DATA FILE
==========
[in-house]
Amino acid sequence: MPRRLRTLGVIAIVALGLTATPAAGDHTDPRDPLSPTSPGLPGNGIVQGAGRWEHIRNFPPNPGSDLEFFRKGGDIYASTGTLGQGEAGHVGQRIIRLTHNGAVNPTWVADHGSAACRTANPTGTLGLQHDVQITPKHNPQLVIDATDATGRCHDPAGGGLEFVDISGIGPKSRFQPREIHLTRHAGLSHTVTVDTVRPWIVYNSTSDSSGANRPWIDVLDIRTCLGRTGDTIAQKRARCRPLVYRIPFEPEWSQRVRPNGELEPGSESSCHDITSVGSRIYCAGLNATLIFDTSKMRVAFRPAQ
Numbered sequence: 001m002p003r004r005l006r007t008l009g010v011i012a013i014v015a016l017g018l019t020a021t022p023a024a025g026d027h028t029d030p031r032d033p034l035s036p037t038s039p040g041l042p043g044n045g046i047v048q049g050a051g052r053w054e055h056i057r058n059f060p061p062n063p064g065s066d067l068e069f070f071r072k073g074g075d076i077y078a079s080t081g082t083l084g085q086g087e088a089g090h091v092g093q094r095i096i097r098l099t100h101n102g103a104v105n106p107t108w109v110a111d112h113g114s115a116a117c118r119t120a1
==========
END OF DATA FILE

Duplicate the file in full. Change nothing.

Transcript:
[in-house]
Amino acid sequence: MPRRLRTLGVIAIVALGLTATPAAGDHTDPRDPLSPTSPGLPGNGIVQGAGRWEHIRNFPPNPGSDLEFFRKGGDIYASTGTLGQGEAGHVGQRIIRLTHNGAVNPTWVADHGSAACRTANPTGTLGLQHDVQITPKHNPQLVIDATDATGRCHDPAGGGLEFVDISGIGPKSRFQPREIHLTRHAGLSHTVTVDTVRPWIVYNSTSDSSGANRPWIDVLDIRTCLGRTGDTIAQKRARCRPLVYRIPFEPEWSQRVRPNGELEPGSESSCHDITSVGSRIYCAGLNATLIFDTSKMRVAFRPAQ
Numbered sequence: 001m002p003r004r005l006r007t008l009g010v011i012a013i014v015a016l017g018l019t020a021t022p023a024a025g026d027h028t029d030p031r032d033p034l035s036p037t038s039p040g041l042p043g044n045g046i047v048q049g050a051g052r053w054e055h056i057r058n059f060p061p062n063p064g065s066d067l068e069f070f071r072k073g074g075d076i077y078a079s080t081g082t083l084g085q086g087e088a089g090h091v092g093q094r095i096i097r098l099t100h101n102g103a104v105n106p107t108w109v110a111d112h113g114s115a116a117c118r119t120a1